“I had been my whole life a bell, and never knew it until at that moment I was lifted and struck,” wrote Annie Dillard in Pilgrim at Tinker Creek. The Eightfold Path always struck me as a bewildering exercise in circular logic—beginning where it ended, if on a different level, with a certain understanding and intention. All on your own, you were to glimpse the true nature of life, enough to motivate you to wish to perceive and live in a different way. But if a person could accomplish this kind of seeing and feeling following their own lights, I reasoned, why would they need to follow a path? Why would they need to practice the moral precepts, right speech, right livelihood, and all the rest? Wouldn’t they already innately understand the why and the how of that as well?
Go away on a silent meditation retreat or go camping in the wilderness or (for the artists and writers among us) attempt to express something true–anything that temporarily shuts down the ambient noise and light of everyday ordinary life. You will begin to understand. When you wake up under the stars or bend over your work table, you can sometimes remember perceptions and feelings that are usually buried under the known: that we are not meant separate from life, meant to be part of a greater whole. We can remember a special kind of feeling that is usually covered because it is more still than emotion–a willingness to open and receive life just as it is. I remember lying in bed in the dark on a silent retreat, waking up to a sound of a bell. I realized suddenly and simply that the sound was not separate from the silence, that each drew out the other, made each other known.
We wake each other. A friend who was a bell ringer on a silent retreat told me that he felt he wasn’t just waking others but himself and also the bell. We sound the depths in each other. We give the search for awakening the living material of our own lives. We bring the search to life. And when we embark on the quest (which can be just for a moment, for the space of a question) we join other beings, not just from contemporary times but from ancient times who sought a way to wake up. The path really is a circle.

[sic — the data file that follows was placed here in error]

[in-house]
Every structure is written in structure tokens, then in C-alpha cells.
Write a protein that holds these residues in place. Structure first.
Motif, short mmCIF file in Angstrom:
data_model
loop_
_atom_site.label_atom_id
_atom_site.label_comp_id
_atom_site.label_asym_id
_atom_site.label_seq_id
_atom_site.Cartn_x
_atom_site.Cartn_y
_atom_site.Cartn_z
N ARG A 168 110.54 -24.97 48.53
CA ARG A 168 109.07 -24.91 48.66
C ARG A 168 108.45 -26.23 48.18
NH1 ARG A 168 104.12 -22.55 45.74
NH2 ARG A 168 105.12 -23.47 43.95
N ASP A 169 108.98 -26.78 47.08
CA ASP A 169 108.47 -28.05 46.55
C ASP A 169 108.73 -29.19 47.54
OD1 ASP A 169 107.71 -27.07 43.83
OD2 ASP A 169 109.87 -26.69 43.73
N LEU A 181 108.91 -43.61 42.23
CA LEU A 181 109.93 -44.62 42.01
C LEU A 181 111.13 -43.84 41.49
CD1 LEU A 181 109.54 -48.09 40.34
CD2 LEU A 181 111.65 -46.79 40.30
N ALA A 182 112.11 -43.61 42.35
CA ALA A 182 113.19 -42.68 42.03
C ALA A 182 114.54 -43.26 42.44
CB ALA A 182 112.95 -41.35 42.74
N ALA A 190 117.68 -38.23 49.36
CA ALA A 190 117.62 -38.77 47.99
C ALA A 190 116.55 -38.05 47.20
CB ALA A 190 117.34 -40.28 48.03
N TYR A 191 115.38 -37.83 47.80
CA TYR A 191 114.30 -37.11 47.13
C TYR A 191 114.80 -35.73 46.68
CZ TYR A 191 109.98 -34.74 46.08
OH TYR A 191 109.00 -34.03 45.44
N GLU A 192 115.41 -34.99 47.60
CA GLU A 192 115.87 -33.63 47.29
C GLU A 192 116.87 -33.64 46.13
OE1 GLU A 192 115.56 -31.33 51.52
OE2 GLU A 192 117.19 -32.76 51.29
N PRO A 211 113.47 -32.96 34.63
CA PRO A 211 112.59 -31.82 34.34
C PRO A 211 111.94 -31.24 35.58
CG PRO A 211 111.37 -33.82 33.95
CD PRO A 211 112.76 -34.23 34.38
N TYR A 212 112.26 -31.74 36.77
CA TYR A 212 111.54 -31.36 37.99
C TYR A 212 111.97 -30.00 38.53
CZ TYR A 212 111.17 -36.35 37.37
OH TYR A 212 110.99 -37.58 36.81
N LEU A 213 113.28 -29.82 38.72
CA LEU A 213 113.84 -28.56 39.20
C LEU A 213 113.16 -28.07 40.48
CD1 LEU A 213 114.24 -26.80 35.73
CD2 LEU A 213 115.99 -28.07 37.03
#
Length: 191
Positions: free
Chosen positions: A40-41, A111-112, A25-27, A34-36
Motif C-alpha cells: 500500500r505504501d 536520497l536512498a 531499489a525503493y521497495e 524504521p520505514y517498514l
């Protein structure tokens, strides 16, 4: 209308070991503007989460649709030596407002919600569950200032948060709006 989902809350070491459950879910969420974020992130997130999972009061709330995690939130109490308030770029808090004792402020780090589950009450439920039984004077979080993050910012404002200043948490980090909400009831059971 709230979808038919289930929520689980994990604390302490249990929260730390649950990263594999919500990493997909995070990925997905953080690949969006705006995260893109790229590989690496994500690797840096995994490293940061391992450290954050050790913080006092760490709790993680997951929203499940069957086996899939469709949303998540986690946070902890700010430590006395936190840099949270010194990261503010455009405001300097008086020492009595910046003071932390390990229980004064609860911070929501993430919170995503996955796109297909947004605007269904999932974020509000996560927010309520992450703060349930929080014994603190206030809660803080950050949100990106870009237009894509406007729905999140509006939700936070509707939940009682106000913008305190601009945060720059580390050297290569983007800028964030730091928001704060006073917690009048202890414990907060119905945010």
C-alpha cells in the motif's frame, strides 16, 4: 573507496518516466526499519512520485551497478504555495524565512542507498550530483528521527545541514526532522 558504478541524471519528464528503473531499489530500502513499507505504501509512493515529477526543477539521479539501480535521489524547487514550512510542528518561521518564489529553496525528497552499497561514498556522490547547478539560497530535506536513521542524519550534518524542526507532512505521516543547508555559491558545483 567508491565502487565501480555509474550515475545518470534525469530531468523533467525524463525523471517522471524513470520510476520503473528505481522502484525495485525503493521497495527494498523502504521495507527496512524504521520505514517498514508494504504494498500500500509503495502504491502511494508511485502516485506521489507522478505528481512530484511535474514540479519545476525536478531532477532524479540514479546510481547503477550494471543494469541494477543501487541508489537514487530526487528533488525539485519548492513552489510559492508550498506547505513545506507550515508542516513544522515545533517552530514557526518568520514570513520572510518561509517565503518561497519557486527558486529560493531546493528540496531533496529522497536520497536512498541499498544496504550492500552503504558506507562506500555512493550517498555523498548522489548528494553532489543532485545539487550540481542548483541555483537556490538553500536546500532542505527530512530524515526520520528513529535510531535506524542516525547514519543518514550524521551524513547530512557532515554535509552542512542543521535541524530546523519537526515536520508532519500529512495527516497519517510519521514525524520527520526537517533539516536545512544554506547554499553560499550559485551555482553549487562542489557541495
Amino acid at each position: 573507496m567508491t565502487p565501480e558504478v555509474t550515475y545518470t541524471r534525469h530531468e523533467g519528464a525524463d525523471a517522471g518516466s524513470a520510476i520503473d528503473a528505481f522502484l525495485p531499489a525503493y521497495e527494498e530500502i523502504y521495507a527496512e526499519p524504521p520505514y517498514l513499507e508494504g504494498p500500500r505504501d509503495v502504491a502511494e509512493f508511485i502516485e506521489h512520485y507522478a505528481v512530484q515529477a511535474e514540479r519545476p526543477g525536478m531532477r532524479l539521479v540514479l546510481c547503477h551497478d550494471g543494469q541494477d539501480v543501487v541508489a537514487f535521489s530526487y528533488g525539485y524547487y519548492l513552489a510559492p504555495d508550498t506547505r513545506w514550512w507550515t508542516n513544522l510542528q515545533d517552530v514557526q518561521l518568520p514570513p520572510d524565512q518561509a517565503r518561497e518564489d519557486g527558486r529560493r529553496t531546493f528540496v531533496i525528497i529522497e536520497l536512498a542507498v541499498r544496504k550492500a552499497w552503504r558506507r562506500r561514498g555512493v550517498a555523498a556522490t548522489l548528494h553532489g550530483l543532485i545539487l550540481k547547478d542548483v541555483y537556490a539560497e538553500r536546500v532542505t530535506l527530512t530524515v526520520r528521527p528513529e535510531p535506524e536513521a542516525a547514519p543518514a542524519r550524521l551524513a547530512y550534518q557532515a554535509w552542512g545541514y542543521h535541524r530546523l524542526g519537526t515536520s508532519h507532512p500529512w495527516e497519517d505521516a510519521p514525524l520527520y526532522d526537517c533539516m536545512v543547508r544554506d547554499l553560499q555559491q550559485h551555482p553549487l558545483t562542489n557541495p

I have never gone away on retreat or sat down to struggle with a piece of writing, expecting to feel as if I were with others. I usually go with the resolve to be lonely and self-sufficient, often thinking of that great American yogi, Henry David Thoreau, who lived alone for several years in a tiny cabin at the edge of Walden Pond: “I went to the woods because I wished to live deliberately, to front only the essential facts of life, and see if I could not learn what it had to teach, and not, when I came to die, discover that I had not lived. I did not wish to live what was not life, living is so dear; nor did I wish to practice resignation, unless it was quite necessary. “
And yet, when we seek to know and live and express the truth, we are accompanied. The Buddhist scriptures describe the Buddha glimpsing “an ancient path, an ancient road, traveled by the Rightly Self-awakened Ones of former times.” He didn’t invent the Noble Eightfold Path. In his passionate quest for enlightenment, he rediscovered it. I picture the path rising up to meet him. May we all rediscover the way to truth. May we all wake up together.
I’m writing this near the ocean, an influence that inspires me to realize there is something we human beings have always shared. But what do you think? What does it mean to follow a path or a way?